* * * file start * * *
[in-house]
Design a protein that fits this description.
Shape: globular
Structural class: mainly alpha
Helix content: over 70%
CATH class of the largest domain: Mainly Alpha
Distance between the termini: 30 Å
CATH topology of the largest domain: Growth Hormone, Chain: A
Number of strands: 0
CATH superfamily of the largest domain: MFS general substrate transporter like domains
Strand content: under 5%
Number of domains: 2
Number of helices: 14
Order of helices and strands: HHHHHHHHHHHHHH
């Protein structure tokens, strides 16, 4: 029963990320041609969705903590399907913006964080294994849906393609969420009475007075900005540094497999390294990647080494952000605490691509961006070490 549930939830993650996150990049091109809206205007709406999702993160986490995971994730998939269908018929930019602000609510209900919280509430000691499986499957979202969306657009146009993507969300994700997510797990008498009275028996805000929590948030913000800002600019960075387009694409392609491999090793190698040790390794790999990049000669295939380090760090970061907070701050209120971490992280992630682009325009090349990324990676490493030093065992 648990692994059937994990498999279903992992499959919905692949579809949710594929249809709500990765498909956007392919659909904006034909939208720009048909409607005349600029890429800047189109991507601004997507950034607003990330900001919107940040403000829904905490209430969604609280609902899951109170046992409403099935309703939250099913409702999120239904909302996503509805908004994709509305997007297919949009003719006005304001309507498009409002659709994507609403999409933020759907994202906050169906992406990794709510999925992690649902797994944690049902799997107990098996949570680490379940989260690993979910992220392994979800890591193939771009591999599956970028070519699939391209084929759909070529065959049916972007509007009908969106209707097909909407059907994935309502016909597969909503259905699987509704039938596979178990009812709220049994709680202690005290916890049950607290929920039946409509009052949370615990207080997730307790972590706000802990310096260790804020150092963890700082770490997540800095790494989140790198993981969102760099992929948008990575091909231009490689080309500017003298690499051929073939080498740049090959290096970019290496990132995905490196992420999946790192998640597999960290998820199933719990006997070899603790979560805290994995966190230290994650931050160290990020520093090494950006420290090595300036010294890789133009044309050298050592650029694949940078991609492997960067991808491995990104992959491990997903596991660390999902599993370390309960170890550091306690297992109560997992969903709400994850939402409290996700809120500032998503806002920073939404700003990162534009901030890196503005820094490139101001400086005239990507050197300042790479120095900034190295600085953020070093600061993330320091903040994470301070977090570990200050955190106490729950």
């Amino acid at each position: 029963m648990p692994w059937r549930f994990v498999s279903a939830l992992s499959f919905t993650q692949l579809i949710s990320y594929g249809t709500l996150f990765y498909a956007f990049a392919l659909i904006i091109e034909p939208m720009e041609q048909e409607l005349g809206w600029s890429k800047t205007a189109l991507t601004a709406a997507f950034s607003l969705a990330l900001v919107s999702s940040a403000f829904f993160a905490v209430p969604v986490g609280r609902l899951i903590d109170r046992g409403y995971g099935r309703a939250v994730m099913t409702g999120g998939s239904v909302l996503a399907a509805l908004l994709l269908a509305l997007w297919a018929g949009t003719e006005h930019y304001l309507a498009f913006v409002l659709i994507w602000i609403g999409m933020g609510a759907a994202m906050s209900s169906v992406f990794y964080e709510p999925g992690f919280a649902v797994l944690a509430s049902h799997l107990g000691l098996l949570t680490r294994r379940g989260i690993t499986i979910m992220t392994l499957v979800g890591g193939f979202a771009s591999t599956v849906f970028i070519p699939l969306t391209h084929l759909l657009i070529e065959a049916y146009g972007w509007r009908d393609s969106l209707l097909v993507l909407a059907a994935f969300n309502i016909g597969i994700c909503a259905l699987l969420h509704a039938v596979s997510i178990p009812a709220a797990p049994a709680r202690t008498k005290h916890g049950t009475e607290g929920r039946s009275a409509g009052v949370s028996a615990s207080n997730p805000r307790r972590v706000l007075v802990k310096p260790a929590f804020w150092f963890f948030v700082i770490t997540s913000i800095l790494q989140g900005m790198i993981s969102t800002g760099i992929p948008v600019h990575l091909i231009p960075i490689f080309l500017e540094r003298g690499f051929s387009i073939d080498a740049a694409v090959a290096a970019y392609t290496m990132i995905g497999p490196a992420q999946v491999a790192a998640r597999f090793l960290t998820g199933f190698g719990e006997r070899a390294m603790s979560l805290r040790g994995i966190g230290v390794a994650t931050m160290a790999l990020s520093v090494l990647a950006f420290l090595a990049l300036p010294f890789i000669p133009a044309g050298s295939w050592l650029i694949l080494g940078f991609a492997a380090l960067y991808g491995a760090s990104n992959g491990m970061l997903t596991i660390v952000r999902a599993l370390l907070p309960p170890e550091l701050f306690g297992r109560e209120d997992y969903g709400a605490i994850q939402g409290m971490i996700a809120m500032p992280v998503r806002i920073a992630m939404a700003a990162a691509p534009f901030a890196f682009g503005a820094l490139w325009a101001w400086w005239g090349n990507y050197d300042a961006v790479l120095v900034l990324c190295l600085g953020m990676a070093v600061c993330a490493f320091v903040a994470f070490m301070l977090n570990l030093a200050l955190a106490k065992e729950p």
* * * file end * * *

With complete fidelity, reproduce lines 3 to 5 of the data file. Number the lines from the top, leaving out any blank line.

Shape: globular
Structural class: mainly alpha
Helix content: over 70%